LMM and MM in Real Estate

Got an offer today for an internship in NYC (felt really good because it's my birthday as well haha) at a MM investment sales firm, really good place from what I gathered. And Unlike some I actually find this area fun, plus it's where I got an offer. But do understand that working for an institutional shop has its benefits. My questions here are, what do you guys think of this part of real estate? I can see myself working in this area in the future but would like to hear pros/cons.

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Comments (6)

Apr 3, 2021 - 9:22am

Honestly, real estate is real estate is real estate. I've worked the middle market and worked the institutional market. The MM is generally perceived as riskier due to the players not all being professional investors. Therefore you may see UHNW doctors, for instance, buy property and go belly up. So you'll have the ability to make a killing turning it around. It's a good area to play. Many deals in the MM also happen faster and are more likely for a broker to take a deal to their 5 best buyers and say you have 24 hours to tell me if you want this. Whereas, in the institutional market, deals are pretty much always fully marketed. 
I found that the quality of service provider was lower in the middle market (appraisers, property manager, broker) and that many brokers didn't have great intel. Unfortunately, as the fees can be less, it reflects in the output from the providers. I always thought there was an opportunity for someone to take an institutional mindset to brokerage in this space. Instead of putting together a 5 page flyer, put together a full OM and actually have financials and rents rolls etc. all the docs someone will want to evaluate a deal. I found many in the MM just didn't have good information from their sellers. Part of this may be because the sellers were not as sophisticated and didn't have good record keeping.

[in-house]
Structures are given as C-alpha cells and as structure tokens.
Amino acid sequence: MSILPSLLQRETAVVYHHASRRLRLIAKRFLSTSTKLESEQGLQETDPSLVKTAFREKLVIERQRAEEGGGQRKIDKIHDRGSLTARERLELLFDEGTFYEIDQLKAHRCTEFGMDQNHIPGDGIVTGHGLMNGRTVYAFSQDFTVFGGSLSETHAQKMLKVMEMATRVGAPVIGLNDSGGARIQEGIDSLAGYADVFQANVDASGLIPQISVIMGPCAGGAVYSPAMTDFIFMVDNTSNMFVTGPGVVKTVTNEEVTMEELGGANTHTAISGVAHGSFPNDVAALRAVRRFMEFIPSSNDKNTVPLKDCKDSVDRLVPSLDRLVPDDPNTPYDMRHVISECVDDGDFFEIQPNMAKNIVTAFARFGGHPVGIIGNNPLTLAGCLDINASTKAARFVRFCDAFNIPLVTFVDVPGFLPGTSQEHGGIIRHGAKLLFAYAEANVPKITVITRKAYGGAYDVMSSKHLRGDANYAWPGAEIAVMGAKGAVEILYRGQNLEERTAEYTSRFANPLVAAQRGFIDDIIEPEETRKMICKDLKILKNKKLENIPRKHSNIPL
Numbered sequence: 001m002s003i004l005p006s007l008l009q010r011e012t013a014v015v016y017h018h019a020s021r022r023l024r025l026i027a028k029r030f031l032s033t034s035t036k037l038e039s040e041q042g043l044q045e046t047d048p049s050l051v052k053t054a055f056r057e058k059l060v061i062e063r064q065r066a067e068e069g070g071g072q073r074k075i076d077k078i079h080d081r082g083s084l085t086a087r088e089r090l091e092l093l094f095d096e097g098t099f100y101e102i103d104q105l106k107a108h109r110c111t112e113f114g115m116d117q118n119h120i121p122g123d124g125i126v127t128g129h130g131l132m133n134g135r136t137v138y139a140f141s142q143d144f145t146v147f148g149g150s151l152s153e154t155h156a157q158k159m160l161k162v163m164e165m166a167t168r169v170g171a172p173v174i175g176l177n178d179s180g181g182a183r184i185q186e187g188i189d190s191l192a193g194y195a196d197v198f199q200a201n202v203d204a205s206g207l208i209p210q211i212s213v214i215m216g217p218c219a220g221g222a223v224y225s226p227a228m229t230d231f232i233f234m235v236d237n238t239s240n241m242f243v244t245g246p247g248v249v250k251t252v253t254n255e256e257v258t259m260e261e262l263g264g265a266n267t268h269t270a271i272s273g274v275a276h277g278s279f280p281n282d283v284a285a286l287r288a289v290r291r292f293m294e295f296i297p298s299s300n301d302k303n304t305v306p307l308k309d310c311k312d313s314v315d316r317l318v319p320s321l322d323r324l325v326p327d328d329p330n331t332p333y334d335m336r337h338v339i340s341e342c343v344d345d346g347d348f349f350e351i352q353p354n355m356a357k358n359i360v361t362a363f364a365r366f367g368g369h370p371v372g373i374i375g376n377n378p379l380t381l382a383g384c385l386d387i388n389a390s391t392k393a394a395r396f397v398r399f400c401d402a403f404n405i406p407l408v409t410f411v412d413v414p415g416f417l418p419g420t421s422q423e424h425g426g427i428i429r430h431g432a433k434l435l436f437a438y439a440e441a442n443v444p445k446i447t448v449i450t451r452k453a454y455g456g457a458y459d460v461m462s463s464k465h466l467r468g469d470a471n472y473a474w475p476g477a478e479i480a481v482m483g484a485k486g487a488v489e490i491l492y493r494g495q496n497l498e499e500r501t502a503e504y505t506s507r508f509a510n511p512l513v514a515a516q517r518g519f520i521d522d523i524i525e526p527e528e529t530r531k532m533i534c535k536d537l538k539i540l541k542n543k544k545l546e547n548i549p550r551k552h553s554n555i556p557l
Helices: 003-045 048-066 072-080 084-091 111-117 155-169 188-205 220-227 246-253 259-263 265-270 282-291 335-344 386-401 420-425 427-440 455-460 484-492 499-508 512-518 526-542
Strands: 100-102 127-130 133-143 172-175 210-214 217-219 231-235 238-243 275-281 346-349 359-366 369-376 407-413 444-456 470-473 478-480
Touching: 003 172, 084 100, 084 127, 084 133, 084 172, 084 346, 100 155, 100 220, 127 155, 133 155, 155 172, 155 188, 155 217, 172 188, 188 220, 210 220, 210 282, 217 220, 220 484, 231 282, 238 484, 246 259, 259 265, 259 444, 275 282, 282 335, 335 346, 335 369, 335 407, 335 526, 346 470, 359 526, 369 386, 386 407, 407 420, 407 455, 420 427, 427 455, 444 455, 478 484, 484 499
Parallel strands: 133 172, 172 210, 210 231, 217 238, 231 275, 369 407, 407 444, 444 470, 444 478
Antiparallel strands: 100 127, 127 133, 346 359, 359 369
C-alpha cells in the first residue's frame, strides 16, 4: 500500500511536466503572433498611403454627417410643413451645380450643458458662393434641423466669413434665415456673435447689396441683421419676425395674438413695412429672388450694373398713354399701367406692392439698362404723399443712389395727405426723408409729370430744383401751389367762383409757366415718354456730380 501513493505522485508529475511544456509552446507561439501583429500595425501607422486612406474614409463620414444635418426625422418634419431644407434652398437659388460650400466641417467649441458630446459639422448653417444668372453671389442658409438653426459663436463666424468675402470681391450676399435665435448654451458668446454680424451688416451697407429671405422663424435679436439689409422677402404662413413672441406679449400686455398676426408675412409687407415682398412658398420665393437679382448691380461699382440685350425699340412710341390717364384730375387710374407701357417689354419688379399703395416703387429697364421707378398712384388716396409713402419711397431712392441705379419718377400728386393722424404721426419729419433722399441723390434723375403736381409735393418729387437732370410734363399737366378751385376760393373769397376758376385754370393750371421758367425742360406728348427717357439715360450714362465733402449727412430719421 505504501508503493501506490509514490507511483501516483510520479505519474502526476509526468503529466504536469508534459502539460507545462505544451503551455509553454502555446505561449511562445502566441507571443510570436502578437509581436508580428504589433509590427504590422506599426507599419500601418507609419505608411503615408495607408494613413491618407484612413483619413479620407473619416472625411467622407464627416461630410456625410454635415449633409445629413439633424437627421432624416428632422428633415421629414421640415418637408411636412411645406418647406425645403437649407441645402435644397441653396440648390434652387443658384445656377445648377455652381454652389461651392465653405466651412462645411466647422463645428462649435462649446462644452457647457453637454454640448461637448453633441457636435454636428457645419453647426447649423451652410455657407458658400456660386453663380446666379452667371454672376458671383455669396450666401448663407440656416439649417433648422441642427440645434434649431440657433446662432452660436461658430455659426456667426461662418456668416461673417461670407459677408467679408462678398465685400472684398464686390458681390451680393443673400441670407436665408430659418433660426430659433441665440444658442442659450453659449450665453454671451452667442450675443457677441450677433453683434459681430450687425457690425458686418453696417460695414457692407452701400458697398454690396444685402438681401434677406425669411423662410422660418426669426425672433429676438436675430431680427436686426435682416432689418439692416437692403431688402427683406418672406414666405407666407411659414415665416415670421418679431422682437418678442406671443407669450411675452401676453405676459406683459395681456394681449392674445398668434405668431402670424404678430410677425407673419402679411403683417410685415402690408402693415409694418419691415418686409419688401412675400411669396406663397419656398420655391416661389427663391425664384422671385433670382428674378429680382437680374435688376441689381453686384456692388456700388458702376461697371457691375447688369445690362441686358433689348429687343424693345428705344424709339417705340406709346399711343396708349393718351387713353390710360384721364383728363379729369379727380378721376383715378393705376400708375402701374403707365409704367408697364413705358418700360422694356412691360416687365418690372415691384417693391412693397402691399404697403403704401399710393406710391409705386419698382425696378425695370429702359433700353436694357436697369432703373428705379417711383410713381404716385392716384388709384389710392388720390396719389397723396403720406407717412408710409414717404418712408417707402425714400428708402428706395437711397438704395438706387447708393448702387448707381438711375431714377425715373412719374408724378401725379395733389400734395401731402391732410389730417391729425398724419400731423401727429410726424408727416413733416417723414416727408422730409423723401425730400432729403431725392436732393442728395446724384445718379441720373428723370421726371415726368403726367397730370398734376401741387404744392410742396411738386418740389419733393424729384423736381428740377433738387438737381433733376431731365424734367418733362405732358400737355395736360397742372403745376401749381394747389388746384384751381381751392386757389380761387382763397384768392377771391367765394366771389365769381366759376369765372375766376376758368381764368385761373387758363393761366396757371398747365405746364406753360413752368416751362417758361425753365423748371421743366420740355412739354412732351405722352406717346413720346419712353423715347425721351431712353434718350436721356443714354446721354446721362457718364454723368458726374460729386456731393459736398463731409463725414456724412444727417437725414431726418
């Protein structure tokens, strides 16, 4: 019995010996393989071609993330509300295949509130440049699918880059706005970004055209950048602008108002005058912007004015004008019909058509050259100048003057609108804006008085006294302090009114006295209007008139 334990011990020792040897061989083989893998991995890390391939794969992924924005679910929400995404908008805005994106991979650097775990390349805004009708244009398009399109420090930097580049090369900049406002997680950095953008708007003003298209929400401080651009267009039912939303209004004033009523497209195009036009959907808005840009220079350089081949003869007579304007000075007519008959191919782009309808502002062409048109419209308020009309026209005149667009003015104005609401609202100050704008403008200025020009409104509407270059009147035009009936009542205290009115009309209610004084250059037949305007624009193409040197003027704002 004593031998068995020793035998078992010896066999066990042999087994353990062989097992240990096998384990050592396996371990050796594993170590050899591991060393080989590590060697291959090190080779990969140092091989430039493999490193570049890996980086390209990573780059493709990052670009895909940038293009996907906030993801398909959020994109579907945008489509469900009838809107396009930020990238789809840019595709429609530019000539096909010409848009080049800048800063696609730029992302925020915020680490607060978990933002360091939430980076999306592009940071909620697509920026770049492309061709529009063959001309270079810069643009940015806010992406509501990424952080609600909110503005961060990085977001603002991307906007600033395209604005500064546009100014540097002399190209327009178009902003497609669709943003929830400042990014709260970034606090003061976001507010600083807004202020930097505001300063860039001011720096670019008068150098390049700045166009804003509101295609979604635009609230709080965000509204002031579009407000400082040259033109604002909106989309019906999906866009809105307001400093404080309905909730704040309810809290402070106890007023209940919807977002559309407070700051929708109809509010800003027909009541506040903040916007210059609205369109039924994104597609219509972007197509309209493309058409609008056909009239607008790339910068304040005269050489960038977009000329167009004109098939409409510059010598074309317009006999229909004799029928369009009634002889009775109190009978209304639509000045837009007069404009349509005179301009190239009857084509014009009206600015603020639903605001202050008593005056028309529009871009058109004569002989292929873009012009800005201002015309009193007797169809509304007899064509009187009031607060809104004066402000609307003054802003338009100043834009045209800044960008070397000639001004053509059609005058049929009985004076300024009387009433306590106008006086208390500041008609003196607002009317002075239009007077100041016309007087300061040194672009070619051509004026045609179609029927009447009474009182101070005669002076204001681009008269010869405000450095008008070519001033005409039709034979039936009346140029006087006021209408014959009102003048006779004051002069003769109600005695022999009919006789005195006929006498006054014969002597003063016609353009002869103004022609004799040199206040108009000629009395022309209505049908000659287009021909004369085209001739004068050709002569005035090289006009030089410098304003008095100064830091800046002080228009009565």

Although fees in the MM are smaller, this is where most transactions take place. So the volume is significantly higher. So the opportunity to make more in fees exists in some way - it's just a matter of capturing this which is extremely difficult. It's why a firm like Marcus and Millichap can make so much money. People hate on the firm, but they've done an amazing job in the MM and private capital space. This is where the most transactions occur. 

Apr 3, 2021 - 10:47am

This particular firm doesn't seem to take that low quality approach though, they do take a more institutional approach compared to some of the firms in the space. Really good training programs, and selective about who they hire, also lots of room to grow with the firm which is a big plus. And aren't fees higher in the MM at least the percentage amount, or are you taking about the actual dollar amount? 
 

Apr 3, 2021 - 11:07am

That's awesome to hear. I am talking actual dollar amount. A $100 MM deal will probably sell with a .50% fee which is $500,000. A $10 MM deal may have a 2% fee which is $200,000. So the institutional team can do 1 deal to make more money while the middle market team would need to do 2.5 deals to make the same money. I don't know if 2% is an accurate fee, but it illustrates the point. Of course, volume is significantly higher in the middle market space, so while the institutional team may do 10 deals in one year, the middle market team could do 20. However, this is highly variable - the institutional team could do 20 as well - it just depends on the market and team. There are just more transactions in the middle market space, so more ability to win more business.